At least the government seems to have accepted that the education sector is in the grip of a teacher recruitment crisis. It's initial efforts to do something about it should be welcomed: a continued focus on reducing workload; reducing the unremitting pressure of the inspection regime and simplifying accountability measures; and piloting sabbaticals for teachers.
These are all largely in the gift of the Department for Education. But the ongoing challenge around the cost of housing is a tougher nut to crack. Again and again, we hear of teachers simply not able to live anywhere near their schools, and, as a result, this add hours of travel to their already long days. When teachers have to pay in the region of £1,000 per month for a room in a house-share, is it any surprise that some jobs are unfilled term after term?
Larger multi-academy trusts are starting to look at this issue. The Harris Federation is leading the charge with a proposed development of 100 homes in partnership with a housing association. Other forward-thinking trusts, such as E-ACT and United Learning, are similarly keen to engage with the challenge.
For decades, councils have provided key worker housing for professionals in the education, health and blue-light services. But there hasn’t been enough of it to go around, or necessarily in the right areas. What we need now is an even more direct response to this challenge. And we’re not a million miles away from working that out either.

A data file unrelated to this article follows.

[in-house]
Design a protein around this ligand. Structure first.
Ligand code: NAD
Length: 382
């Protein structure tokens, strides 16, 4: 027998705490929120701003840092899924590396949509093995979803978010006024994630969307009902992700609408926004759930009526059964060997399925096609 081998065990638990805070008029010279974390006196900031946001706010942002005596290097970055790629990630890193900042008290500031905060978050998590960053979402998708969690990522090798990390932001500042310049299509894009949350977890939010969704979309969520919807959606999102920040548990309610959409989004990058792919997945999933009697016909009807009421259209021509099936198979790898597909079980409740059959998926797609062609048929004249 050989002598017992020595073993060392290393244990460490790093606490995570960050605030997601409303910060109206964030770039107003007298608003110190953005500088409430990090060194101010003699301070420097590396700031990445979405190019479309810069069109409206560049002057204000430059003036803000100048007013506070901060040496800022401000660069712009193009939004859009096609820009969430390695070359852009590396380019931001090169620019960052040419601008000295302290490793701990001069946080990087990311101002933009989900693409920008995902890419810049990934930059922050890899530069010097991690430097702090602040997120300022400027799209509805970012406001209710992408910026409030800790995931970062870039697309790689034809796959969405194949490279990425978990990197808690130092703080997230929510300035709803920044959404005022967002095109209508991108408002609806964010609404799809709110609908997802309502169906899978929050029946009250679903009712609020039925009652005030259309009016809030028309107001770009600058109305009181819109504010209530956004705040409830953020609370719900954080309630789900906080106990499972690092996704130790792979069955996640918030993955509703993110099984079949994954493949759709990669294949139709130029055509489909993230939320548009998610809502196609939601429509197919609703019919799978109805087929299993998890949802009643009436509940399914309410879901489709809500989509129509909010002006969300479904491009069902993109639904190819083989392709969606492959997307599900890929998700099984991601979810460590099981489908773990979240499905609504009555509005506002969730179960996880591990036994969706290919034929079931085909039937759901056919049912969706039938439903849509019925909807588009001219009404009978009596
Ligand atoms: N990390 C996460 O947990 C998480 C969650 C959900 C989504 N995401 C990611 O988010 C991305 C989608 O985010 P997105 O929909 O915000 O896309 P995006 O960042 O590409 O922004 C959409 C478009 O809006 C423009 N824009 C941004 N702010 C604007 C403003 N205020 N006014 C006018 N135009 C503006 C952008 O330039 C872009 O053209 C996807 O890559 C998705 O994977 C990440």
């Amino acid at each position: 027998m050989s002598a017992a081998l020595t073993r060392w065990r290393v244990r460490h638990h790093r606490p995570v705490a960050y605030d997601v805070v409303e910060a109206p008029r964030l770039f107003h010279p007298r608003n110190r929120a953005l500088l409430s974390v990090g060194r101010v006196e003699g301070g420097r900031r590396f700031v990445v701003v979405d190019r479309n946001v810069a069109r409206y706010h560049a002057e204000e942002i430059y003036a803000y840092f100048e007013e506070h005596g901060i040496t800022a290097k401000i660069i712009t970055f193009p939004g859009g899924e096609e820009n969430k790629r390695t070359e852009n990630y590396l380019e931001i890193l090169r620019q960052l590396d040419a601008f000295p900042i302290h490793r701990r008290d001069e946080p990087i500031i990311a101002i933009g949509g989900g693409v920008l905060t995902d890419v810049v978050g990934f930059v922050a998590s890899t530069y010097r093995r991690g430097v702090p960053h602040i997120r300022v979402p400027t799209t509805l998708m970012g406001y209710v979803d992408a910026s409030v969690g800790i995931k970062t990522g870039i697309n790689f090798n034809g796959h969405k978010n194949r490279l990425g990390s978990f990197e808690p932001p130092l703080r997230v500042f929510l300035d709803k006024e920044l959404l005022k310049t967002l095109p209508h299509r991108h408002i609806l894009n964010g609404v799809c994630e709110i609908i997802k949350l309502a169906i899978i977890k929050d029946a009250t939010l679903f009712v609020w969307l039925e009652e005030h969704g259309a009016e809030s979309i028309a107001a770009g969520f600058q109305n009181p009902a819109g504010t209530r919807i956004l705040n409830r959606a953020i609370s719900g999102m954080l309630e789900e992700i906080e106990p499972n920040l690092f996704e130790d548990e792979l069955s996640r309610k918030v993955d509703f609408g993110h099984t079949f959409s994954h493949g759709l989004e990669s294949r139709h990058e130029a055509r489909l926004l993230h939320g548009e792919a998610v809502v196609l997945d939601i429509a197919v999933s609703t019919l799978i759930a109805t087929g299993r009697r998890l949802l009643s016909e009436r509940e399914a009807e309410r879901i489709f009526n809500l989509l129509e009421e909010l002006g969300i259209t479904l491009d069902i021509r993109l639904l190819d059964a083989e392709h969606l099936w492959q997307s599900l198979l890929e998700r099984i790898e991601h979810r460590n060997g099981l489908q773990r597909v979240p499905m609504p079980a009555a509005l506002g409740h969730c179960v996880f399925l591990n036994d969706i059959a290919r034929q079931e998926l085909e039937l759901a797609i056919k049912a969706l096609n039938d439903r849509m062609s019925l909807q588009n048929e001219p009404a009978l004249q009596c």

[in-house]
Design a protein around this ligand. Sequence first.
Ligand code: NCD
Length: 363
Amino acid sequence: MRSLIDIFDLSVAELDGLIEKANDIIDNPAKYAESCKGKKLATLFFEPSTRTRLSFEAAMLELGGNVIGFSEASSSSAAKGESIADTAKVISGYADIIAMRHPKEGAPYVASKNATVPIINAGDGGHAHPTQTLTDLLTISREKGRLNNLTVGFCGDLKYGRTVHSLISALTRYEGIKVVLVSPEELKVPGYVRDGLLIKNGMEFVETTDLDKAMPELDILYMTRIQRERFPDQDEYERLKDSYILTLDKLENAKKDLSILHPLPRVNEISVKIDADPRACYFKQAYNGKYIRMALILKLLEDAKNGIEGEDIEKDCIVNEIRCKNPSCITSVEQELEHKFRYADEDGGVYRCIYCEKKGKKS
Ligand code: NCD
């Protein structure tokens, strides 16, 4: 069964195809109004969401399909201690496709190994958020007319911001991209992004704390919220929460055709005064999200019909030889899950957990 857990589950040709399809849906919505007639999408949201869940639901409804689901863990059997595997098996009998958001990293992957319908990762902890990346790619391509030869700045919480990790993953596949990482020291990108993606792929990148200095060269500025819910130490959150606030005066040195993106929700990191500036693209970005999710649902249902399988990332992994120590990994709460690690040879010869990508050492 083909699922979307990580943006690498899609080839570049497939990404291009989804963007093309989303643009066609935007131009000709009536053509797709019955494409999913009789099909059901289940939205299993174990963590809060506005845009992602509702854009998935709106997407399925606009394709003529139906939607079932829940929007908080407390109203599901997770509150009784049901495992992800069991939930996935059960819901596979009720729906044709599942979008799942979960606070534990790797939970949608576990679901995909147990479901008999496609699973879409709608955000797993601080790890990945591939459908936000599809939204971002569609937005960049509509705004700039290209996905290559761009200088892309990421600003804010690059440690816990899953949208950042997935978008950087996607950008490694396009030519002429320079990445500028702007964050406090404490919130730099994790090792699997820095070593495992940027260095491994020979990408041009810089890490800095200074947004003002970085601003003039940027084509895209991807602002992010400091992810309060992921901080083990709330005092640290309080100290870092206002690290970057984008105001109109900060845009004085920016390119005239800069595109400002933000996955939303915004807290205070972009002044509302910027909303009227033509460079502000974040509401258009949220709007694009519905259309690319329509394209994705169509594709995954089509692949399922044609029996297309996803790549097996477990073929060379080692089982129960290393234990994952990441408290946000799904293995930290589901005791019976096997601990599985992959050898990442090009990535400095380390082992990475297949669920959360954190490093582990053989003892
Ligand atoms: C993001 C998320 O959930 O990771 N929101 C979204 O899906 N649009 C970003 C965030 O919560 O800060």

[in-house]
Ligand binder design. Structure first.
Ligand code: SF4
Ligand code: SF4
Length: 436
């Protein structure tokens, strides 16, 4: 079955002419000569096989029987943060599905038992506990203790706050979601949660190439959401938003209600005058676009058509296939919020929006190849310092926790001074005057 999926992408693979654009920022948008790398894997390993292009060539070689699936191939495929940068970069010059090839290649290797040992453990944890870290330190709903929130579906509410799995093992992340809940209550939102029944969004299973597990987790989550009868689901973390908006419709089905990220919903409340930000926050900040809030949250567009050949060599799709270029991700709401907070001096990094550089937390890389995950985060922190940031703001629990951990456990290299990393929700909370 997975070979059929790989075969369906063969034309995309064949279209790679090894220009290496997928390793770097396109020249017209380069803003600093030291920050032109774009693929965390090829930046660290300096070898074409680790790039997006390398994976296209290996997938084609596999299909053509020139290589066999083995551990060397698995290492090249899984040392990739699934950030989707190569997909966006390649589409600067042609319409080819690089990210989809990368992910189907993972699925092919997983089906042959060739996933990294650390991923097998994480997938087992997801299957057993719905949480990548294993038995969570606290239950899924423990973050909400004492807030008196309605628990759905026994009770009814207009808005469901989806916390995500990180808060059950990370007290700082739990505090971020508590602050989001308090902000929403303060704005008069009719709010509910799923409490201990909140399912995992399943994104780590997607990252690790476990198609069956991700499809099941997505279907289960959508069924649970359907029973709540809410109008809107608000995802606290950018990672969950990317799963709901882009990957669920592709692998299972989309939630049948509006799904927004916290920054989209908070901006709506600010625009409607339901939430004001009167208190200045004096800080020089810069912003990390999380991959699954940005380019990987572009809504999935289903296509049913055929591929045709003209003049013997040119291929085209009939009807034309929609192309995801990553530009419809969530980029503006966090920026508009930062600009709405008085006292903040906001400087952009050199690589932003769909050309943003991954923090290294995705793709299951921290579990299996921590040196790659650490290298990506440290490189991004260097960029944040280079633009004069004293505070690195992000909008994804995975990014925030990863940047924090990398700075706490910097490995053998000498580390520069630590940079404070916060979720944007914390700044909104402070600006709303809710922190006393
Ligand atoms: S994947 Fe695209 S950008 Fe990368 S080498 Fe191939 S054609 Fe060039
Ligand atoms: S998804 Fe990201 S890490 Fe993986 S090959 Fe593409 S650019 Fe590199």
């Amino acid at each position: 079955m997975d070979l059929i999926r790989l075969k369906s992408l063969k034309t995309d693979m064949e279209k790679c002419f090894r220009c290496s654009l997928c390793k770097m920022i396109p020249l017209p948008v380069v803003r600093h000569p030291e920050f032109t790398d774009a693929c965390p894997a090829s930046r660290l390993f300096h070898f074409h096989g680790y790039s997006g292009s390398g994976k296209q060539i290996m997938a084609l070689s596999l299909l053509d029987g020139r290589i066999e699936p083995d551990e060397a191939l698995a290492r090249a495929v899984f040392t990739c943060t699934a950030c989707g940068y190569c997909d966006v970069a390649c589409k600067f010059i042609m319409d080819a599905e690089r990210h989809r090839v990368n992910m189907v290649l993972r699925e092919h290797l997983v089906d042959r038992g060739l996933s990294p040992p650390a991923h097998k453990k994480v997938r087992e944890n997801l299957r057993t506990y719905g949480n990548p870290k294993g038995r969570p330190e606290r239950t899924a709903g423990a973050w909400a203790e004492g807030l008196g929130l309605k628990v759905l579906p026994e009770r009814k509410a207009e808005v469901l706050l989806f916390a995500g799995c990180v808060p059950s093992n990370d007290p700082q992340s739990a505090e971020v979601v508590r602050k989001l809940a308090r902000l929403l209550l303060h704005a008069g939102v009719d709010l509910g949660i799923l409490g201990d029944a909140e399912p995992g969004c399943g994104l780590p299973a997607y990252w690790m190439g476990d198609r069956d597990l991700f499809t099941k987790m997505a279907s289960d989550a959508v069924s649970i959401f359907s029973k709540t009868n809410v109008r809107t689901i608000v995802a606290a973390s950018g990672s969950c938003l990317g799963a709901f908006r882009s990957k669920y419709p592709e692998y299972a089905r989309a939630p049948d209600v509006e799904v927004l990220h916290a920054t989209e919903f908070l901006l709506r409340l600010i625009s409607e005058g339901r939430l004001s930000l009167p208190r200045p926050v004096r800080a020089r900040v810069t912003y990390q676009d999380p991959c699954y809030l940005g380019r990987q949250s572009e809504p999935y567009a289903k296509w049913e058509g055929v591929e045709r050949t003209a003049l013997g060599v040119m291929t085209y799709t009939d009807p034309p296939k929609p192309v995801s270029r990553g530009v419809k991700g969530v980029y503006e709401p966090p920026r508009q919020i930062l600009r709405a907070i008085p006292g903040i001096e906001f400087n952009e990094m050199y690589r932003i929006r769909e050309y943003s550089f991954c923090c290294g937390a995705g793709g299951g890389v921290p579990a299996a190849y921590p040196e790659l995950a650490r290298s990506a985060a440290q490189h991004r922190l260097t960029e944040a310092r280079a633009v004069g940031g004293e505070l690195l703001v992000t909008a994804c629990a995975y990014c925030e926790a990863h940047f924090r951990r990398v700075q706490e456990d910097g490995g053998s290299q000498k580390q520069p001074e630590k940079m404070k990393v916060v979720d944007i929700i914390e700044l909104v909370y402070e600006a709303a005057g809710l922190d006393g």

Build on unused school land
Some academy trusts will be able to tackle this issue head-on through their own means. Through some smart site planning, some schools will be able to reimagine how their whole site works – and then find space to build new homes themselves.
The truth of the matter is that many schools are not using their land in the most efficient way. Developers are now able to rethink a school site, optimising its use for education (including replacing old buildings for new), whilst releasing value by developing areas that have been under-used for housing. Given that a proportion of this new housing will always need to be affordable housing, it is no great leap to imagine that a proportion of this could be guaranteed for teachers, with the leases owned by the academy or trust in question.
Such initiatives are already happening. In Hertfordshire, the redevelopment of individual schools – each benefitting from much-improved buildings and facilities (new teaching blocks, a new gym and improved sports fields) – has brought the creation of 200 new homes for the area. There are other examples emerging around the country.
This type of solution does require a slightly different way of thinking. It’s not about selling off sports fields and trying to operate a school on a piece of land the size of a postage stamp; it’s about using land to better effect. And if there are ways to make available a dozen to 20 (or indeed even more if the local need warrants it) new homes for teachers at affordable rental prices, then they are solutions that are worthy of further exploration.
Fiona McDermott is the chief executive of Cornerstone Assets